• A list of appliances and how long they last
  • A cost overview of a home improvement project
  • A list or collection of the most popular home design styles
  • A value analysis of outdoor upgrades
  • An overview of decorating ideas
  • How to rehabilitate a home
  • A furniture guide according to different housing styles
  • A pool guide with different styles
  • How to get the most out of a house with great views
  • A list of ideas for unique features
  • A guide on kitchen improvements with costs, materials, and time frame
  • A list of well-known and popular interior decorators in your market


6) Property Maintenance & Holding

  • Best ways to save energy (broad)
  • Best ways to save energy and reduce heating and cooling costs
  • How to care for the lawn
  • How to prepare a house for winter
  • Pest control in summer
  • Ways to maintain Heating, Ventilation, and Air Conditioning (HVAC) in a preventative way
  • Cleaning guide for gutters
  • How to prepare the lawnmower for winter
  • Pitfalls of different homeowner insurance types
  • A landscaping guide (do’s and don’ts)
  • Getting a property ready for a natural disaster
  • Spring cleaning tips
  • A painting guide with a focus on high quality
  • Keeping a good relationship with neighbors
  • Managing bad neighbors
  • Increasing the safety of a property
  • Property tax loopholes or tips for reducing property taxes
  • An overview of renovation providers
  • Worst things to renovate (the least bang for the buck)


7) You/Your Business (Behind the Scenes)

  • Compare using real estate agents with the for-sale-by-owner approach.
  • Compare selling to an investor with using a realtor.
  • Benefits of using a real estate agent to sell a property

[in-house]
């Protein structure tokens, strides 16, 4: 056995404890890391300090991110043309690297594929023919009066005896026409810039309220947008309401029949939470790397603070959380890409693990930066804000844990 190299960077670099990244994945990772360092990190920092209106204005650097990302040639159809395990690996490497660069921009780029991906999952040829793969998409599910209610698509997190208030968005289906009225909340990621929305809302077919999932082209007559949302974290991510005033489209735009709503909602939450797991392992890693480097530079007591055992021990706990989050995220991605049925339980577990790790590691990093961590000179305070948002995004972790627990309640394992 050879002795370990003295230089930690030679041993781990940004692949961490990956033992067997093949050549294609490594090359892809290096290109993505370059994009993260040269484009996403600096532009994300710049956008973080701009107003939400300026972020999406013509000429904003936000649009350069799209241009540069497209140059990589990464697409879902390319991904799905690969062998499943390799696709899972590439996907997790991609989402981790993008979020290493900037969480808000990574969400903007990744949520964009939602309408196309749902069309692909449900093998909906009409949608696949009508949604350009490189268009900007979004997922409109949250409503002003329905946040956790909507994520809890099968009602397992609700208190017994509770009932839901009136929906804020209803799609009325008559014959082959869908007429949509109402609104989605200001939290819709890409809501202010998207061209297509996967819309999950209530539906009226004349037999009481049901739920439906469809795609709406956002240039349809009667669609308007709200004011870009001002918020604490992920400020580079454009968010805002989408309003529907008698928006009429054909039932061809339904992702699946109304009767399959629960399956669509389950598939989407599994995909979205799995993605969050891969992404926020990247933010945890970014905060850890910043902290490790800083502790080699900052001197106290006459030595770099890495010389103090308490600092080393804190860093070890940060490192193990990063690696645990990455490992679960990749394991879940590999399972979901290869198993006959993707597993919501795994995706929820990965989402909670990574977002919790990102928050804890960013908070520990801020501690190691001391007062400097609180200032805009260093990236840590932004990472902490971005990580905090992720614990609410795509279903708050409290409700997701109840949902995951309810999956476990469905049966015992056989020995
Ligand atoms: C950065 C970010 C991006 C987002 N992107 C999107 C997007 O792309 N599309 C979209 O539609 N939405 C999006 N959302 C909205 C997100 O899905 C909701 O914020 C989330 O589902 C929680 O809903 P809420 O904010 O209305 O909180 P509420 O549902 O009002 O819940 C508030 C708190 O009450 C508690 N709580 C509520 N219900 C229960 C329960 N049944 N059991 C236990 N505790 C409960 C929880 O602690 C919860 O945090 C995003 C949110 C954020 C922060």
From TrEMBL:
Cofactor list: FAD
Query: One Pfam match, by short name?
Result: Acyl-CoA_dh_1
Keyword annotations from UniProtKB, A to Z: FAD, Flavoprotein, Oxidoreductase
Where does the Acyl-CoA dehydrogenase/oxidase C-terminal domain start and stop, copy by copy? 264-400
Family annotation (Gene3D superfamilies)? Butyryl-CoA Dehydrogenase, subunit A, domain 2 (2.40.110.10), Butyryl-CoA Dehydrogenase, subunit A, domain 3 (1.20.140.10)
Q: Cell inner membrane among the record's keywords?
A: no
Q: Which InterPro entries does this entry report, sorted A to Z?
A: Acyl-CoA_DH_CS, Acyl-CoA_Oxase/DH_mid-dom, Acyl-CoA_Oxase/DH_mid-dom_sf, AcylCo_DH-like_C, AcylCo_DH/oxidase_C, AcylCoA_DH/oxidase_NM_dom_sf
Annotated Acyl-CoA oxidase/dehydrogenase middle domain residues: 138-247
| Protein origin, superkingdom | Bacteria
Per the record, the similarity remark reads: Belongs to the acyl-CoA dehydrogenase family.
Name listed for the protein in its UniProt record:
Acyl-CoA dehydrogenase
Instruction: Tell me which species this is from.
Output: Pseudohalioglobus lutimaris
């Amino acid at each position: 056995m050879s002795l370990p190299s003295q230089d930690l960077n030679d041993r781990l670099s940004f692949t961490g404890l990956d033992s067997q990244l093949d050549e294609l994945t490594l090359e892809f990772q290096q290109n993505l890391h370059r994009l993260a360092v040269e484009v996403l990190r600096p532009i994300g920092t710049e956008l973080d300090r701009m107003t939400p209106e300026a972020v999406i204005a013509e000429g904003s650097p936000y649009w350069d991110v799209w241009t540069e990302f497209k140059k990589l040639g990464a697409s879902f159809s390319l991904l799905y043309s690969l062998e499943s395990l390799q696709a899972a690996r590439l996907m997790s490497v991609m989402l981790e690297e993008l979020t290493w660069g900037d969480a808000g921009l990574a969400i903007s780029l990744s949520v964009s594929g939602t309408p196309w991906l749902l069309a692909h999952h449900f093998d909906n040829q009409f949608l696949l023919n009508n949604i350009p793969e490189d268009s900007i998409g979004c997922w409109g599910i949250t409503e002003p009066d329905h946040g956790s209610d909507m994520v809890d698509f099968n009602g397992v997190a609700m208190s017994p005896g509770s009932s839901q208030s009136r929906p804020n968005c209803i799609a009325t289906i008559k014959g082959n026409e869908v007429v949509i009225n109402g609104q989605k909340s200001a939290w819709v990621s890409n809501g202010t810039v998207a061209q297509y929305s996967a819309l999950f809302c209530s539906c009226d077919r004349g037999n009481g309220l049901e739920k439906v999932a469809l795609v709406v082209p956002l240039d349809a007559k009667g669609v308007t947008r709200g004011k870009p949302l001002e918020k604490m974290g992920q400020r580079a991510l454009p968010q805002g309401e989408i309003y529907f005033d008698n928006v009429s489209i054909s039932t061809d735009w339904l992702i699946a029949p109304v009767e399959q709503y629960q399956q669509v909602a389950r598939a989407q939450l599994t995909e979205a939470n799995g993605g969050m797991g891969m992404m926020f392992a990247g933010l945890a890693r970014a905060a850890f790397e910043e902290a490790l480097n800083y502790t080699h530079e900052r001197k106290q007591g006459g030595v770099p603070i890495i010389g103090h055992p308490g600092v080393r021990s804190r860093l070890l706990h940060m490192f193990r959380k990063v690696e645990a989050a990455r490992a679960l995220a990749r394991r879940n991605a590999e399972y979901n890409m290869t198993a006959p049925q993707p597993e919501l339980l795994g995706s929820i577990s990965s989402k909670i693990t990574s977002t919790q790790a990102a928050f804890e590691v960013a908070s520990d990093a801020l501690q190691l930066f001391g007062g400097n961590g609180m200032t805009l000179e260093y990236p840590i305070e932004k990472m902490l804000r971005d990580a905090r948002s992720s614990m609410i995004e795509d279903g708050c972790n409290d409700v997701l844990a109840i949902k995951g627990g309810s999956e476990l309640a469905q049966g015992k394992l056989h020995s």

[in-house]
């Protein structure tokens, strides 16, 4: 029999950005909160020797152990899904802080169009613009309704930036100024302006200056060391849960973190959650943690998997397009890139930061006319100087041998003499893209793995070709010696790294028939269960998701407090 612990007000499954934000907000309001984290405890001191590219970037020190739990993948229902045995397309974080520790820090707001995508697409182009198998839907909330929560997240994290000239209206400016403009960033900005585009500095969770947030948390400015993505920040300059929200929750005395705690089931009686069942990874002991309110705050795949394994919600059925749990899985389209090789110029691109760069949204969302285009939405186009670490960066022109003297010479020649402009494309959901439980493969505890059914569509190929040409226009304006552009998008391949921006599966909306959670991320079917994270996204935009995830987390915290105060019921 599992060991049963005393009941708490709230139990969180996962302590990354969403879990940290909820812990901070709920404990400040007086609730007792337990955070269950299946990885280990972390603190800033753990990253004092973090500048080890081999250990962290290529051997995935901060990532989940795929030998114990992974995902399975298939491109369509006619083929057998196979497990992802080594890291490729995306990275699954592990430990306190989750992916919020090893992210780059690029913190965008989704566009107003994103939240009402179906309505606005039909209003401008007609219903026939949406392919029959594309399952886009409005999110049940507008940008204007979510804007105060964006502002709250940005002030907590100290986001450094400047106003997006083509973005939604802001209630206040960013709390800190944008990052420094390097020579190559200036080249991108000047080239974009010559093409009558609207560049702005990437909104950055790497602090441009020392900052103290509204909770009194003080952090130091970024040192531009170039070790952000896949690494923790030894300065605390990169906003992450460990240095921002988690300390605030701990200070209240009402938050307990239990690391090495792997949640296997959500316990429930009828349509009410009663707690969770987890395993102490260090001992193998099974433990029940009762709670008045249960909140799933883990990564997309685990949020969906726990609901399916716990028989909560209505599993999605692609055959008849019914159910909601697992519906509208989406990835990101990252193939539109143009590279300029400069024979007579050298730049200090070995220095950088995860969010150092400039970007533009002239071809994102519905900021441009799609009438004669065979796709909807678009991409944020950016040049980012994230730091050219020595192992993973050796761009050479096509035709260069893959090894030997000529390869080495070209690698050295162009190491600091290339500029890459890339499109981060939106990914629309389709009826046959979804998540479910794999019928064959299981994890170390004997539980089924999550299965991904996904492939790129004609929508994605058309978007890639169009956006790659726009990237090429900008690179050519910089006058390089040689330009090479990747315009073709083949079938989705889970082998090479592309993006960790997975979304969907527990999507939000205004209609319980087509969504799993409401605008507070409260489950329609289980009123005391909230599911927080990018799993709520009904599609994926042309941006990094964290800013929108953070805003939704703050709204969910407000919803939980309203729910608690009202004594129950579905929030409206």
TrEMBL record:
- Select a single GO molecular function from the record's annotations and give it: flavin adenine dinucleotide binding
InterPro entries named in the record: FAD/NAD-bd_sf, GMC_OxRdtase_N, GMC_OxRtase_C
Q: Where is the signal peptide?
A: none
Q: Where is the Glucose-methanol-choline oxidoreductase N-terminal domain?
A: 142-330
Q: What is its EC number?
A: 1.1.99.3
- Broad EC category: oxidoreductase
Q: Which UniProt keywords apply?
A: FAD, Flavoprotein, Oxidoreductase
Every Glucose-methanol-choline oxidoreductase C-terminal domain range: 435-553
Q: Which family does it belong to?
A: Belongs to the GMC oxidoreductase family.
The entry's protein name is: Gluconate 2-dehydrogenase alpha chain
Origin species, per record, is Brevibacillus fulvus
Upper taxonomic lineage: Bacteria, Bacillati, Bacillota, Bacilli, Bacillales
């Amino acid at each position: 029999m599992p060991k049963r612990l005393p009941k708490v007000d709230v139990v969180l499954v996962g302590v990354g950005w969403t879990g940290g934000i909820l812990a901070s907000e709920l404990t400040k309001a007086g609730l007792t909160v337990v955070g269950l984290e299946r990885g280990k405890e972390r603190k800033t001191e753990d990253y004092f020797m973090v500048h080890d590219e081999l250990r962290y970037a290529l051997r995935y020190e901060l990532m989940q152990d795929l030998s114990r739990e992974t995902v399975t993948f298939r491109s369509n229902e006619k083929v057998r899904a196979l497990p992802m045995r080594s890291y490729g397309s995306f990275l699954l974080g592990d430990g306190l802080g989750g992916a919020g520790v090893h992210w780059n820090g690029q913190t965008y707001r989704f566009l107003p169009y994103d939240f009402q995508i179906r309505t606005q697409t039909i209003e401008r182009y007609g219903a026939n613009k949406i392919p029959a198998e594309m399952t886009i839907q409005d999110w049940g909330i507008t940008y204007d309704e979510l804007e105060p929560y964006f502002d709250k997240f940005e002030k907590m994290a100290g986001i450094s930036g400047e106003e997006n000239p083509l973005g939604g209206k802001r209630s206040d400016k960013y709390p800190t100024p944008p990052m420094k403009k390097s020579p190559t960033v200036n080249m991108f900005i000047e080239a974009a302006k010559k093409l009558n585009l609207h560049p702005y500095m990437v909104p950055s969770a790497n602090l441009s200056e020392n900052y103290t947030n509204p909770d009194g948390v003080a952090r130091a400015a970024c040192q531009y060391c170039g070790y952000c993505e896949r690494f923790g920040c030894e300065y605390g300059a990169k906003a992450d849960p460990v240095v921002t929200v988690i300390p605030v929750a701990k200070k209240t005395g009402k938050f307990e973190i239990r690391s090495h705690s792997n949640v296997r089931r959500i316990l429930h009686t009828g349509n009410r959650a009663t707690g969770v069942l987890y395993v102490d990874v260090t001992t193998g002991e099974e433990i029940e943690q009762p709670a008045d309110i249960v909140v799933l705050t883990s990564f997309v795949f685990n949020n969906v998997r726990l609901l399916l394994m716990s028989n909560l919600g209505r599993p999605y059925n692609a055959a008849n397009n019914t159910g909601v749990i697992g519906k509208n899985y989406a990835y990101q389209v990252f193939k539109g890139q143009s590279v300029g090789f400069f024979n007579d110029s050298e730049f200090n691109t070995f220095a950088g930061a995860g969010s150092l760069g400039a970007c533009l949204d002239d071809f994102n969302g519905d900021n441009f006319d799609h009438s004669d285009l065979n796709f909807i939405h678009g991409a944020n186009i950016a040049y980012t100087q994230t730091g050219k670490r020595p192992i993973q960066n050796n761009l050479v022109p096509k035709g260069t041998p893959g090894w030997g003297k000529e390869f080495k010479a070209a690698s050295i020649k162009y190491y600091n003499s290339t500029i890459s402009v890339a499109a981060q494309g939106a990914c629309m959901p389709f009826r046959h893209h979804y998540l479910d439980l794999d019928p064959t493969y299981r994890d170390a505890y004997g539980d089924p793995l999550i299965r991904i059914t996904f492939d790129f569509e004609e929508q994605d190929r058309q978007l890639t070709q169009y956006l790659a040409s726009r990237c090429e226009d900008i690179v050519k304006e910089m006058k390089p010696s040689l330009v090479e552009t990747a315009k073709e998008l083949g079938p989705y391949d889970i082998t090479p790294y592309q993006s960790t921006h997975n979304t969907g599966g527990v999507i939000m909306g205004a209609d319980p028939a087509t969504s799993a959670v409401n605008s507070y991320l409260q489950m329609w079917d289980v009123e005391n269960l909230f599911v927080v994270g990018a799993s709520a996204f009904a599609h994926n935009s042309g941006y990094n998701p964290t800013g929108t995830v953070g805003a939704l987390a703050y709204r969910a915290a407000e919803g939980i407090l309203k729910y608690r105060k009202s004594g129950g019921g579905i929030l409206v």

• Explain your type of deals, closing costs, etc.
  • The process of flipping a house
  • Should you use a real estate pro to stage a home or do it yourself? (depending on your business, you favor one side over the other)
  • How to stage a home on a budget
  • Pros and Cons of looking for properties online vs. in person
  • A personal story about your pet, hobby, or family
  • An exciting story about a deal you made
  • An exciting story about a lender who did a great job
  • An exciting story about an easy-going and fun to work with a client
  • What it is like to be a realtor, investor, developer, real estate attorney, etc.
  • Write about the reason why people should work with you.
  • Present testimonials from happy clients
  • What you love about your business
  • Your secret business ritual, systems, and tools that saved your life in the past.
  • If you have a great team, write about the great work they do
  • If you have an excellent track record of making deals, selling homes, and so on, write about it, bragging a little bit.
  • Tell a story about your code of ethics and how you arrived at them.